Connecting some loose ends
Davison, Neil L. James Joyce, Ulysses, and the construction of Jewish identity. Cambridge: Cambridge University Press, 1996.
The problem with a lot of scholarship on Ulysses and Judaism is how focused it is on how Joyce came to understand Judaism himself rather than actually analyzing how they operate within the text. Davison (who wrote an article on Bloom and Zionism I looked at earlier) here spends most of the book looking at Joyce’s relationships to Jews in Trieste, his reaction to the Dreyfus Affair, and so on, and how this informs his depiction of Bloom. I’ve found a few useful parts though, and will continue to use this source for my final paper later this semester.
So anyway. Davison more than anyone else I’ve found so far gets to the bottom of the Hellenism/Hebraism debate, which I’m grateful for. Davison explains that Joyce encountered this dichotomy through both Matthew Arnold and Nietzsche. Arnold (like Buck Mulligan) saw his country as excessively ‘Hebraic’ and thus sought a balance between ‘strictness’ of Hebraism and ‘spontaneity’ of Hellenism as a means of reinvigorating the British Empire (109-10). It should be noted that Arnold didn’t see this notion of Hebraism as having anything to do with modern-day Jews (compare to how the men in Aeolus/Cyclops talk about the Israelites while remaining anti-Semitic to Bloom).
This dichotomy wasn’t enough for Bloom, especially after his encounters with modern-day Jews on the continent. Davison writes that the more he learned about modern Jews, “the more their secular history necessitated an understanding through a direct focus on their political plight; Hellenizing or Hebraizing his own culture thus became for Joyce another attempt—like the Celtic Twilight—at the reshaping of national consciousness through a politically naïve, inviable notion” (111). Thus you have Arnold lampooned in Circe through “Philip Drunk and Philip Sober” (Hellenism and Hebraism), Siamese twins, “Oxford dons with lawnmowers [. . .] masked with Matthew Arnold’s face” (15.2512-14).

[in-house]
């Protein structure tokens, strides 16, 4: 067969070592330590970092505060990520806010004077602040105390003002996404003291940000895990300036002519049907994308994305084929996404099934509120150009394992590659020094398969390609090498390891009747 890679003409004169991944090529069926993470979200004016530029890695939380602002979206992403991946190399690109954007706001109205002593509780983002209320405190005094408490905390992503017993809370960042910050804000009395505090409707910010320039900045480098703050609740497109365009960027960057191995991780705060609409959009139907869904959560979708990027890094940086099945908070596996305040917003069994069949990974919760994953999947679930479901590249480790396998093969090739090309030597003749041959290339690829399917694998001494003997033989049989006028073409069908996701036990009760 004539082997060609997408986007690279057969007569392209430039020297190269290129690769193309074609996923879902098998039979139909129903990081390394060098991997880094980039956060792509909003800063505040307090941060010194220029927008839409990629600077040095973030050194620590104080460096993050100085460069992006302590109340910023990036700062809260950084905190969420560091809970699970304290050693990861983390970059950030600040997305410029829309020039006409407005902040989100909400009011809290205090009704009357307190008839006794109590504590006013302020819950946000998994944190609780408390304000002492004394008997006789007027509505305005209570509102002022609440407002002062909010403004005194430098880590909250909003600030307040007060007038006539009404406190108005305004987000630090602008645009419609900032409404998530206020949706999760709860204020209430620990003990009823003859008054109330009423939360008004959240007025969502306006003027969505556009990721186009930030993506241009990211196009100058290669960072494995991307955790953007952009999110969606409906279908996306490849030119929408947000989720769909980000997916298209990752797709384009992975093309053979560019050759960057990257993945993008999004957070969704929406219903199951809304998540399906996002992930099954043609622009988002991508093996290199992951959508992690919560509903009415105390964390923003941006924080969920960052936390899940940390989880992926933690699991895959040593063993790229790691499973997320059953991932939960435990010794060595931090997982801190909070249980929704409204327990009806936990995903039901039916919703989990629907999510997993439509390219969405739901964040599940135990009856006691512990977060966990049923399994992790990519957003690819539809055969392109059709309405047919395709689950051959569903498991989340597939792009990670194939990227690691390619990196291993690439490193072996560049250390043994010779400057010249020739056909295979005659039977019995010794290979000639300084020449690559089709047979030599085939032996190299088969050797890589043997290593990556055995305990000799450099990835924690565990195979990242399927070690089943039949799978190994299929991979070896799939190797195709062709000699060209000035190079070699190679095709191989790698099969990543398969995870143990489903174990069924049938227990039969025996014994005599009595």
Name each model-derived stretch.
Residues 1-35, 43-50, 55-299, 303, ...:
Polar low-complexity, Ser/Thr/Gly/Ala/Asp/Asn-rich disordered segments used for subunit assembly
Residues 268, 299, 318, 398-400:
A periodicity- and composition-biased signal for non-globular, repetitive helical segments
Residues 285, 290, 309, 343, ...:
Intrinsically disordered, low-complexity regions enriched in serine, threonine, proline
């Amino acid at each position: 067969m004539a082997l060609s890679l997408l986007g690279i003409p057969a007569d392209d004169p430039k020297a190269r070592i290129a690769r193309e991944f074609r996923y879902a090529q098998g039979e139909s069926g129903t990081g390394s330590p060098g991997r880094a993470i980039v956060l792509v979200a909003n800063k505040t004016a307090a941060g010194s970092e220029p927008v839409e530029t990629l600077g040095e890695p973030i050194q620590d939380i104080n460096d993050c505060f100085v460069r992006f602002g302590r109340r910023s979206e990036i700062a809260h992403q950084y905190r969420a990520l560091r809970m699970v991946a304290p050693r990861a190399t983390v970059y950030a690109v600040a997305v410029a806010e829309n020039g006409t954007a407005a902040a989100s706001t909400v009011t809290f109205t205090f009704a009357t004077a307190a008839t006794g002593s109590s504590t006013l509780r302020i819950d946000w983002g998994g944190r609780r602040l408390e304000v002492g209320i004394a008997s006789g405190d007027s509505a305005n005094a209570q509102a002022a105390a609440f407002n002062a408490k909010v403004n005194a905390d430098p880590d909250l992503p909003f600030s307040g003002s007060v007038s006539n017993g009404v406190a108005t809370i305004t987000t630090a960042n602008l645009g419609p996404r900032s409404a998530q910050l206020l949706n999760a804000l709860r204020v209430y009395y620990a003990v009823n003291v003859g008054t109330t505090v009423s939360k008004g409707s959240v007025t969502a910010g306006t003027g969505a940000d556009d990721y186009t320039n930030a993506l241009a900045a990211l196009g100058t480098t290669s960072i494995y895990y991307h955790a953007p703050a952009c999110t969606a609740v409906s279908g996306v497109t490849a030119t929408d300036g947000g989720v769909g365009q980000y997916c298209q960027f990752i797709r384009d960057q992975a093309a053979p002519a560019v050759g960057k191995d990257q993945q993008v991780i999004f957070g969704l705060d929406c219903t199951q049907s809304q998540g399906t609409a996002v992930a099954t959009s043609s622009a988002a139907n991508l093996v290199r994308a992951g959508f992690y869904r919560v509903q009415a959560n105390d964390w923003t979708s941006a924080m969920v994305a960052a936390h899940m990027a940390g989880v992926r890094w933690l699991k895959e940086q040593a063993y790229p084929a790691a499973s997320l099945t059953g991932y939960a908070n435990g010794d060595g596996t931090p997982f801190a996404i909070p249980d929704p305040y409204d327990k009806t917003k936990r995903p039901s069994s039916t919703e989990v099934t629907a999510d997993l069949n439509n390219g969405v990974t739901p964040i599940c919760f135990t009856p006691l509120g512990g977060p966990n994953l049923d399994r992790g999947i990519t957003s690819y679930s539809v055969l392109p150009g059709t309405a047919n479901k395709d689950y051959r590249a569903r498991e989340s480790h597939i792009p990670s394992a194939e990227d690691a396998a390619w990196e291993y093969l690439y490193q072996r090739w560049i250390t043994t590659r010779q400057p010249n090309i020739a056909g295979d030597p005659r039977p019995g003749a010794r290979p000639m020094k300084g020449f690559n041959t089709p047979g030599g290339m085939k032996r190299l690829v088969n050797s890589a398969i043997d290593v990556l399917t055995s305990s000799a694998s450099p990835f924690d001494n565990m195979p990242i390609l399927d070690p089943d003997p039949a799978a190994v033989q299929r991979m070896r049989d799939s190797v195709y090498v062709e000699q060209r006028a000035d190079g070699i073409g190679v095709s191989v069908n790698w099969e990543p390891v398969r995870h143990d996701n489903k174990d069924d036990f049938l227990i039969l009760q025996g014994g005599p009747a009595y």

Nietzsche did more for Joyce, in that he directly addresses the Jews of modern Europe in a political context even while using the same Hellenic/Hebraic dichotomy (and its master/slave moralities, which I talked about earlier in regard to Bloom’s masochism). Nietzsche understood Jews to be essential players in the making of Europe as he knew it, and conceived of them as such: “On one hand they are the ancients who established the ‘destructive’ moral code of the West; on the other they are a contemporary people who have been made by history into a group categorically different form all other peoples occupying Europe. Because their estrangement had transformed the Jews into such a willful people, Nietzsche believed they must assimilate with other Europeans so as to create a superior ‘new ruling caste for Europe’” (116). This assimilation (and with it ‘racial mixing’ that’s touched on a bit in Ulysses and a lot in Nietzsche) maybe accounts for the “Jewgreek is greekjew” thing I’m so hung up on (15.2097-8)—Jewish assimilation will in some sense benefit all of Europe, Jews and gentiles included. Along with that, Bloom’s opposition to Zionism.
A final note, on Judaism in Ulysses scholarship as a whole: Marilyn Reizbaum, who I wrote about earlier, writes in her introduction to James Joyce’s Judaic Other that looking at Joyce’s depictions of Jews is a relatively new thing. Prior to 1955, pretty much every study (including Stuart Gilbert’s seminal one) focuses on Stephen and sees Bloom as simply his foil. It didn’t get much better after that—Richard Ellmann, Joyce’s biographer, said in 1982 on the subject of Jews in Joyce that “there was not much in it” (Reizbaum 1), and after that a lot of the scholarship was on figuring out whether or not Bloom’s actually Jewish (which is sort of a stupid debate if you ask me). The big names now, who often seem largely in agreement in refuting much of this previous scholarship, are Neil Davison and Marilyn Reizbaum. Probably others too, but hey, these guys wrote books.